Gone also is the frequent piano and guitar riffs of the debut, the instrumentation is more varied in what is an attempt to include soft rock elements into some of the tracks especially in Ok, ok- there’s even an unnecessary intense guitar strumming in Bimpe. But perhaps, she hasn’t quite mastered percussive instruments as save for Be My Man they don’t feature much.

In spite of these dissimilarities and its diverse content, its success is not triumphal. There are no risks, no unusually high notes, no outrageous pitching, no surprising collaboration, no intricate lyrics and hence no unexpected joy. Unsurprisingly it works; there would be no new fans but the old ones would be pleased or at the very least be grateful.

It would cause the listener to muse, to laugh, to cry and perhaps to dance awkwardly like a Caucasian or slowly like a jazz enthusiast. But, except you have a partner as wild as say, Eva Greene’s character in Bertolucci’s The Dreamers or as wild as Bimbo Akintola’s in Out of Bounds, better listen alone.

Bottom line

The debut had thrived on the sheer novelty of novelty; this one succeeds because- to channel Designer Impostors- if you loved Asa, you would like Beautiful Imperfection. And that’s not a particularly bad thing.

 

Editor’s Note: A version of this review appears in the January 1st, 2011 edition of This Day.

THE DURBAN DIARY

DAY 1: SOCKETS AND SPEECHES

The Royal South African Airways airplane touched down and immediately the trouble of getting to the Murtala Mohammed International Airport at Ikeja on time—my headache some 6 hours before—disappeared. Supplanting such distinctly Lagosian worries as traffic en route airport was how to get to the hotel. The email said some guys would be wearing Durban International Film Festival t-shirts at a desk.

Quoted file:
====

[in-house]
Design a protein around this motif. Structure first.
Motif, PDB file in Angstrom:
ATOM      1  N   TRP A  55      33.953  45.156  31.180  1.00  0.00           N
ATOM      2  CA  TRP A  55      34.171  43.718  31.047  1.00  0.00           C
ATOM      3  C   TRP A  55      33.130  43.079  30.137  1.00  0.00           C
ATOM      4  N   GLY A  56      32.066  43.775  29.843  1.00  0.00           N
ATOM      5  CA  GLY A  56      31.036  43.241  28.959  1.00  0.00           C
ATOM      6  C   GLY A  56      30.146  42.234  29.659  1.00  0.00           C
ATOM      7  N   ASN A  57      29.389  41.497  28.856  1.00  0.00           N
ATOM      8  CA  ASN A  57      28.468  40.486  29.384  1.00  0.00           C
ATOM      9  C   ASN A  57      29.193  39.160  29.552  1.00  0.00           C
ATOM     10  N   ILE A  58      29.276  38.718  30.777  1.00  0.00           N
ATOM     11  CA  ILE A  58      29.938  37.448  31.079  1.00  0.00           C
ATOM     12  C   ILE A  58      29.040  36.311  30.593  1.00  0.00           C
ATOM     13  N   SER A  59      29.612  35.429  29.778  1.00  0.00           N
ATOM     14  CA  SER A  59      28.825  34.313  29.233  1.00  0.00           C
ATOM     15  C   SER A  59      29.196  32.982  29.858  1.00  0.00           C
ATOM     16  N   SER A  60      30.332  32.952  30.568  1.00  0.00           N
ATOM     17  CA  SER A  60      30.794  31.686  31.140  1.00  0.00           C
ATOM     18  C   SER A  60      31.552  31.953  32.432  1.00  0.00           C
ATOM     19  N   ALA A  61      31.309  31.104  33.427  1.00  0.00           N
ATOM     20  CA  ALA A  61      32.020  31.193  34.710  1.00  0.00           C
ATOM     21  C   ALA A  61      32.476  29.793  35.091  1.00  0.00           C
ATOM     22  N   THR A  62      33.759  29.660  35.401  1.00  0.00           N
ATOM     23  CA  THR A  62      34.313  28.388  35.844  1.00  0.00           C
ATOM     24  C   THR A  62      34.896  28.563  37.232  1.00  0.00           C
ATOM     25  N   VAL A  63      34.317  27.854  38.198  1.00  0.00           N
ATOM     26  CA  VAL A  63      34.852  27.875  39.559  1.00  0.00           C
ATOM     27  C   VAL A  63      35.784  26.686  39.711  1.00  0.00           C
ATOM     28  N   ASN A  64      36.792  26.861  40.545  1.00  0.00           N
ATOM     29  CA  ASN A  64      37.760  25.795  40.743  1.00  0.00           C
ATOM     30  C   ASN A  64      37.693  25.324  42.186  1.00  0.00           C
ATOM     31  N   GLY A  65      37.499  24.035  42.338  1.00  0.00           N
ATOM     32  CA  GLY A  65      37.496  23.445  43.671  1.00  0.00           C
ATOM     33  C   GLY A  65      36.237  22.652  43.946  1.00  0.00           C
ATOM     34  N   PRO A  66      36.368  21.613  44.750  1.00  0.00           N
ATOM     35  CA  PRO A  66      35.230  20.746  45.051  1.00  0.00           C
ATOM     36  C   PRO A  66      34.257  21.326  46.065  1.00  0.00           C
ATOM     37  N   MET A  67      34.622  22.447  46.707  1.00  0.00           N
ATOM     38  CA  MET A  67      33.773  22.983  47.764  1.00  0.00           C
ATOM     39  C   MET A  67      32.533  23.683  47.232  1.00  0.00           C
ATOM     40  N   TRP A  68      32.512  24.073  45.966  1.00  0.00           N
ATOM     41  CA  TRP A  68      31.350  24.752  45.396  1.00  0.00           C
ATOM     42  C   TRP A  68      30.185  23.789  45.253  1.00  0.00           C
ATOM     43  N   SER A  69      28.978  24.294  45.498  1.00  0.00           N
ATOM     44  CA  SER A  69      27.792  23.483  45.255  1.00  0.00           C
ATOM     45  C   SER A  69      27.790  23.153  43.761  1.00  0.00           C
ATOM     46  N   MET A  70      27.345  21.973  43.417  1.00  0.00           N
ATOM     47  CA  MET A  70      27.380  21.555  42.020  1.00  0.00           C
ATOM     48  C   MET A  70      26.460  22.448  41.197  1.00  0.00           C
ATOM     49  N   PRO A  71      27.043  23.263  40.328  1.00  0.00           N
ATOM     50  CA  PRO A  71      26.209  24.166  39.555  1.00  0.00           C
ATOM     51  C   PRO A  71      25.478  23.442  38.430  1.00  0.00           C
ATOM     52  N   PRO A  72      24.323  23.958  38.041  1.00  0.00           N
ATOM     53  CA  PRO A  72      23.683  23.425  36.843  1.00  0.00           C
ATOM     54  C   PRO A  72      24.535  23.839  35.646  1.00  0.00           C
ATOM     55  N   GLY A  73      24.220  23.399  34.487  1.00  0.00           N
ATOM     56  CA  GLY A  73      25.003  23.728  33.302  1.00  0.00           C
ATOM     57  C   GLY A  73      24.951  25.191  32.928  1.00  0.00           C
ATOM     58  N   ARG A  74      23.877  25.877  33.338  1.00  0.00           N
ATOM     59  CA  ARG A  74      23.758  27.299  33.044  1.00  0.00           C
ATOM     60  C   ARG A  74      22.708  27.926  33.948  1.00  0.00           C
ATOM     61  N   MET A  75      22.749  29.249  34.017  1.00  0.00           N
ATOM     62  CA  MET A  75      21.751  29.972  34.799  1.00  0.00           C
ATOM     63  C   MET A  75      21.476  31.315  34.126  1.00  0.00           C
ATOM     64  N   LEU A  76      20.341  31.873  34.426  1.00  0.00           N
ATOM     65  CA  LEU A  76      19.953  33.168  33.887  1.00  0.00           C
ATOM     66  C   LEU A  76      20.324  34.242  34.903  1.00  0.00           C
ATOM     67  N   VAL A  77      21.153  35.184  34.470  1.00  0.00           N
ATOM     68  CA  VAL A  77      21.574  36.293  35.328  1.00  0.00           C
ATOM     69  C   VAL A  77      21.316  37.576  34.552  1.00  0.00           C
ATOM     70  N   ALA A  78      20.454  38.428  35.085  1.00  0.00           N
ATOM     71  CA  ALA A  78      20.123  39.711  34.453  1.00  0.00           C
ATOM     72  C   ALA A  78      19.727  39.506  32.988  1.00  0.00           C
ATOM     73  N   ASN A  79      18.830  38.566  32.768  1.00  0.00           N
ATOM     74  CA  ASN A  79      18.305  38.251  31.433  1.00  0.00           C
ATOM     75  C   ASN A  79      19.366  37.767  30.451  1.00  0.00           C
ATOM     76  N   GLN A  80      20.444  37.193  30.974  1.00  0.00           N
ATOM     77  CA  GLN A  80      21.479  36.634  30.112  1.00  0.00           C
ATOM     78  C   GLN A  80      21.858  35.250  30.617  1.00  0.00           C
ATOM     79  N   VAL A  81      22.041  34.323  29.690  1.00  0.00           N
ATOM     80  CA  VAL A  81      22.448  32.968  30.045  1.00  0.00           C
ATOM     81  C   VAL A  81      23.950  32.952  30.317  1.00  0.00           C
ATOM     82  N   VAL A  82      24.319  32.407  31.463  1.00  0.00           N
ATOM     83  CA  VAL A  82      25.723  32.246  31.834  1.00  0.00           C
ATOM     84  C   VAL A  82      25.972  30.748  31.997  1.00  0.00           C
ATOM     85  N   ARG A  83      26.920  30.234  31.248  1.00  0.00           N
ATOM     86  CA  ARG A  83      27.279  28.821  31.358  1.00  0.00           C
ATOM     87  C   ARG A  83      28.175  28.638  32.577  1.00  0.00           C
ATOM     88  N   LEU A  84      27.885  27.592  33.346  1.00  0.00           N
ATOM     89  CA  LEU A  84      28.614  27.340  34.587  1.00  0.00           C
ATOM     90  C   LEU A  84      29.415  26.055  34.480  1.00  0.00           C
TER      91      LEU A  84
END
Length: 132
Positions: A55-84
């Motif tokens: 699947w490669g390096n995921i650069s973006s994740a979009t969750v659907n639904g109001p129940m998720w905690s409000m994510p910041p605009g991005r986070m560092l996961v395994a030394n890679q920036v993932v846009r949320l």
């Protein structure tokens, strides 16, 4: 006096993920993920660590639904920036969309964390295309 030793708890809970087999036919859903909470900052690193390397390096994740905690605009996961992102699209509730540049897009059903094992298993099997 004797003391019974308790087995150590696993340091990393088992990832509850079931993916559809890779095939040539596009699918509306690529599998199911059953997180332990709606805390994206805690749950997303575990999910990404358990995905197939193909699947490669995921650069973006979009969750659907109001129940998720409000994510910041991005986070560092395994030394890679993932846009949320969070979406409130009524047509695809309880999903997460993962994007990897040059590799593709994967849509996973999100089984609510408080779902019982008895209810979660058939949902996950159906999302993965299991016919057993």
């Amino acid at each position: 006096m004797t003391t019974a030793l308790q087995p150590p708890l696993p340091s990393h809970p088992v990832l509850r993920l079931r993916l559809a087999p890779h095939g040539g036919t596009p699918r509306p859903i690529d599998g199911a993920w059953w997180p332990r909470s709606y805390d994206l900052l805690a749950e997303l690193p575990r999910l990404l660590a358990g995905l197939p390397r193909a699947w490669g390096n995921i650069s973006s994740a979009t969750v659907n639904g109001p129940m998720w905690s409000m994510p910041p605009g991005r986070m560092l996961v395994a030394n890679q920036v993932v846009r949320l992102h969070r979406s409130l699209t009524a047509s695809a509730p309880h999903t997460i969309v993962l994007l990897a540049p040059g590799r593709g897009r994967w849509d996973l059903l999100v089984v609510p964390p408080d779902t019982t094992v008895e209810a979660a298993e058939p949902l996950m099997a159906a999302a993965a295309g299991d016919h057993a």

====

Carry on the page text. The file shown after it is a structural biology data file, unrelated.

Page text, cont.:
DIFF onscreen

I asked Terh, compatriot, companion and fellow participant at the festival’s Talent Campus. He hadn’t seen the t-shirts or the desk.

Two Nigerians stand at a South African airport… as the joke doesn’t go.

About an hour later, SIMs purchased, we located a DIFF desk but without t-shirts. And a staff of the Centre for Creative Arts picked us and a Dutch filmmaker to the hotel. With three citizens of two countries represented at the World Cup present, we spoke about football. I learn, strangely, that the people of the Netherlands didn’t give their team much of a chance, so were greatly thrilled with the progress of the Oranje. Weird, I always thought they had a good team.